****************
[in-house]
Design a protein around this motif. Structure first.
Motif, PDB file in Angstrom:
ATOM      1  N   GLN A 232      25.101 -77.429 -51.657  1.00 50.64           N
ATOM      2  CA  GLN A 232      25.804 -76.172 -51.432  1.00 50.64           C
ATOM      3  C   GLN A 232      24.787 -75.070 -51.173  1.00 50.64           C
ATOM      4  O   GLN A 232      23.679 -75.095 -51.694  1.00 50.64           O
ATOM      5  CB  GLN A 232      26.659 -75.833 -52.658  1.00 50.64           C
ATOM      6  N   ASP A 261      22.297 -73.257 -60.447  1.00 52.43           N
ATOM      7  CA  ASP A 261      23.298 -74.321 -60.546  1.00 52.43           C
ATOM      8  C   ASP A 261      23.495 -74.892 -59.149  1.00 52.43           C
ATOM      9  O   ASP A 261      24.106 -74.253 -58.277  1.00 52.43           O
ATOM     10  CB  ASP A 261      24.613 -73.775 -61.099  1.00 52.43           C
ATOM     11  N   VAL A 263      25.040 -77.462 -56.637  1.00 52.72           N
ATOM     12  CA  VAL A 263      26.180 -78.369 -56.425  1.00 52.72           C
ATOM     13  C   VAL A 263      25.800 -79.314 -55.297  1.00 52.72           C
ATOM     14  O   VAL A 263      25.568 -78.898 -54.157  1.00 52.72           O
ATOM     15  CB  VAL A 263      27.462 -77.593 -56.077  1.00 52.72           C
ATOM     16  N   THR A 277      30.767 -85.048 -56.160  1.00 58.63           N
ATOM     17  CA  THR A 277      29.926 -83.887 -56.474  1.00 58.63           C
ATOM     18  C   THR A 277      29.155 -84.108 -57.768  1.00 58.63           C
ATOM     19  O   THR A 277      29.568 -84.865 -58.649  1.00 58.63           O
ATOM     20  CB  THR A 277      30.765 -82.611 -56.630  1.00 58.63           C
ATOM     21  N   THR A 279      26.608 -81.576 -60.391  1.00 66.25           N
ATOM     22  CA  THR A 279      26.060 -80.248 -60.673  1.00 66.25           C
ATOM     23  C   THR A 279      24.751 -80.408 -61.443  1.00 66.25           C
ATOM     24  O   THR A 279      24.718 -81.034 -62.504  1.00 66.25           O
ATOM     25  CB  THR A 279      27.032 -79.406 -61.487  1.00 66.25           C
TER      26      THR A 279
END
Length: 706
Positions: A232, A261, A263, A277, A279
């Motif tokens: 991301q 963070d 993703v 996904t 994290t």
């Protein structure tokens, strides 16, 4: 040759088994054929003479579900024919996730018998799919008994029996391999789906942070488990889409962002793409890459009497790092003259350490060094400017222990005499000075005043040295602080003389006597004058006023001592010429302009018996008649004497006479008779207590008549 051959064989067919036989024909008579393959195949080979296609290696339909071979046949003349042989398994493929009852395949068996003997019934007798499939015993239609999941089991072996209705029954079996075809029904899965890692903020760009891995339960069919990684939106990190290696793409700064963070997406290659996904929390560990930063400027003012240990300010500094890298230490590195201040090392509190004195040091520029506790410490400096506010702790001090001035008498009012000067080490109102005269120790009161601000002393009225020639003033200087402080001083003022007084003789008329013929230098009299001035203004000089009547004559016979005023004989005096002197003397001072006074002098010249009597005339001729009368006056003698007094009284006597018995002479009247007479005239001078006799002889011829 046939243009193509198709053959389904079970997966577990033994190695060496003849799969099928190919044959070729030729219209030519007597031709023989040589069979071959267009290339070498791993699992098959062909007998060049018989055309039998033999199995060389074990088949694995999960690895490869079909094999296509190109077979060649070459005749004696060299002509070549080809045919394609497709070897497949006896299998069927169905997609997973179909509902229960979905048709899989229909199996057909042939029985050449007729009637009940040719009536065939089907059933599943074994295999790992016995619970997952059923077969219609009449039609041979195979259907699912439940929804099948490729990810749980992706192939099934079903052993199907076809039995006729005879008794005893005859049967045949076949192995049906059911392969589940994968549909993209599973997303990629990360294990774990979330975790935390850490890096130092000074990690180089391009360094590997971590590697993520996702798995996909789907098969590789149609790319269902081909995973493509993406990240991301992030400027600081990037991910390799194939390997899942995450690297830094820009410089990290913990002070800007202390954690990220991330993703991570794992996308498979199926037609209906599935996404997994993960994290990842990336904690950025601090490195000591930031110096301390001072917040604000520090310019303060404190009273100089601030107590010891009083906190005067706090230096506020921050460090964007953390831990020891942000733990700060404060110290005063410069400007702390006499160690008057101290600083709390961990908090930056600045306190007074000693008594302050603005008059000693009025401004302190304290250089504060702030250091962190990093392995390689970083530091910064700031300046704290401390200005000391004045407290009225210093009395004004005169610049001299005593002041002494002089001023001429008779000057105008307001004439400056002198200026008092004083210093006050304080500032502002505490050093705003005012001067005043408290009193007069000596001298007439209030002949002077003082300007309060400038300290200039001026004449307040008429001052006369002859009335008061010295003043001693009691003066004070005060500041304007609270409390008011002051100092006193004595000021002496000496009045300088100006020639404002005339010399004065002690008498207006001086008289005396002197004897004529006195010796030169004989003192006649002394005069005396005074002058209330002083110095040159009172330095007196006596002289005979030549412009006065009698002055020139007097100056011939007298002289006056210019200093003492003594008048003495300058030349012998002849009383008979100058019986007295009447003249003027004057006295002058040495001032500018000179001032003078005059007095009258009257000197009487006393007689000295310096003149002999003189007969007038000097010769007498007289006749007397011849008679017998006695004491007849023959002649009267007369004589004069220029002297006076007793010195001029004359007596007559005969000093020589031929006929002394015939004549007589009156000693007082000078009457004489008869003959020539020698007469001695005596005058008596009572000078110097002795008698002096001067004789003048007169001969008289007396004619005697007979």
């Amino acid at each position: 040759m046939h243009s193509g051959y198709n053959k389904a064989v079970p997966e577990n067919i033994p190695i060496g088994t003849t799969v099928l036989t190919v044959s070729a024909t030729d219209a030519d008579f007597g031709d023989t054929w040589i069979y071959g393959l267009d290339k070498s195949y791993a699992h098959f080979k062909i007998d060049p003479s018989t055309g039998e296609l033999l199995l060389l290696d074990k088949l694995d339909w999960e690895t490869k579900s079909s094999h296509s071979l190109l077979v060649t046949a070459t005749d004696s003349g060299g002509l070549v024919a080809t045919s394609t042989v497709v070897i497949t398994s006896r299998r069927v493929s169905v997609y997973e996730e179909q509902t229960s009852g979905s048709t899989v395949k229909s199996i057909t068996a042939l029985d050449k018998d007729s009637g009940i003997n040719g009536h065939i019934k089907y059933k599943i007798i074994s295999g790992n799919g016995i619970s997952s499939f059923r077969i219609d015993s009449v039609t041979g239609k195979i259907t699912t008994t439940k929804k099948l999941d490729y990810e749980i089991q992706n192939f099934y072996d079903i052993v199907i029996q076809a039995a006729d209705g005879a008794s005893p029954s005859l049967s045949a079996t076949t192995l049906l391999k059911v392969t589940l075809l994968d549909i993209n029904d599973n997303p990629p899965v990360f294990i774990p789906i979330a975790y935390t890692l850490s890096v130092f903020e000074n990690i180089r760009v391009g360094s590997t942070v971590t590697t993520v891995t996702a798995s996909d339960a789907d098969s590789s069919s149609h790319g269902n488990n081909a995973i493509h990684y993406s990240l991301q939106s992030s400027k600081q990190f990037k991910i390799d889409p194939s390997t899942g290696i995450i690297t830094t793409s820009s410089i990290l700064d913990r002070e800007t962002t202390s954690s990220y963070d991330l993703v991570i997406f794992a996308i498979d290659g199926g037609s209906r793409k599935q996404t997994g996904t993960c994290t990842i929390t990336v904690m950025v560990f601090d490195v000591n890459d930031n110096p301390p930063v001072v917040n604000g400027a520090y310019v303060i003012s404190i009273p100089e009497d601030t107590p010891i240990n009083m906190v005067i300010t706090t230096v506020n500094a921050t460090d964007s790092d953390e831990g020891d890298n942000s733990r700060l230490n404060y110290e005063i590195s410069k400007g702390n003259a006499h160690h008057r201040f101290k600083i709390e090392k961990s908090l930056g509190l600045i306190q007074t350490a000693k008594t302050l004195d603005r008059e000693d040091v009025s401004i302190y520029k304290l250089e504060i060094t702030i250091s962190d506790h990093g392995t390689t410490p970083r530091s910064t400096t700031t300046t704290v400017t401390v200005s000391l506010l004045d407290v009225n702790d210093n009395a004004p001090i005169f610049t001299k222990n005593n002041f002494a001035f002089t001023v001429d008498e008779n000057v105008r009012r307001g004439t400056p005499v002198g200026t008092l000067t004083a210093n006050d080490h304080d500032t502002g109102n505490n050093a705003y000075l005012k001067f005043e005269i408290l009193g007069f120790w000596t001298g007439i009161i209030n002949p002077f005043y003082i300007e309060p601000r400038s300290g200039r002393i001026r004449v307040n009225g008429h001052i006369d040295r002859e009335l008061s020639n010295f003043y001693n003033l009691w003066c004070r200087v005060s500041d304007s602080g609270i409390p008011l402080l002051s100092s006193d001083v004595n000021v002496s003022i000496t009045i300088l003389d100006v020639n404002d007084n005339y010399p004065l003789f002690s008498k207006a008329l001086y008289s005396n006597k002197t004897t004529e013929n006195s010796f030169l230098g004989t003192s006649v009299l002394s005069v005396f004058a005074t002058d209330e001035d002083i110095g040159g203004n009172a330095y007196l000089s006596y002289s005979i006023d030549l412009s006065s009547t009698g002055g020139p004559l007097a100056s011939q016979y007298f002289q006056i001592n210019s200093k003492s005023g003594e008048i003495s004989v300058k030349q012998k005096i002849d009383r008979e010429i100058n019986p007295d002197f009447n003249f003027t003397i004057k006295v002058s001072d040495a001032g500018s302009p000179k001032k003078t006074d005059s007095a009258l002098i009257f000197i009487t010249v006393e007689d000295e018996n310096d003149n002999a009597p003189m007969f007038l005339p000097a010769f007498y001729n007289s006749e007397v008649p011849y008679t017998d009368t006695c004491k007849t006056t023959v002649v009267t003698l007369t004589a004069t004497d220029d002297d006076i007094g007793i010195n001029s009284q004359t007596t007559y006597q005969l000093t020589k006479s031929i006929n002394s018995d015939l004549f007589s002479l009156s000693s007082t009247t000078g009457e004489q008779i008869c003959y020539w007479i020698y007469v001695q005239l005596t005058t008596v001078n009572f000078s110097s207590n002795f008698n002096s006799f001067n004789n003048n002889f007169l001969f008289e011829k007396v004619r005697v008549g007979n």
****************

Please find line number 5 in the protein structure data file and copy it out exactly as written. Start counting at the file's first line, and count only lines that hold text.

ATOM      2  CA  GLN A 232      25.804 -76.172 -51.432  1.00 50.64           C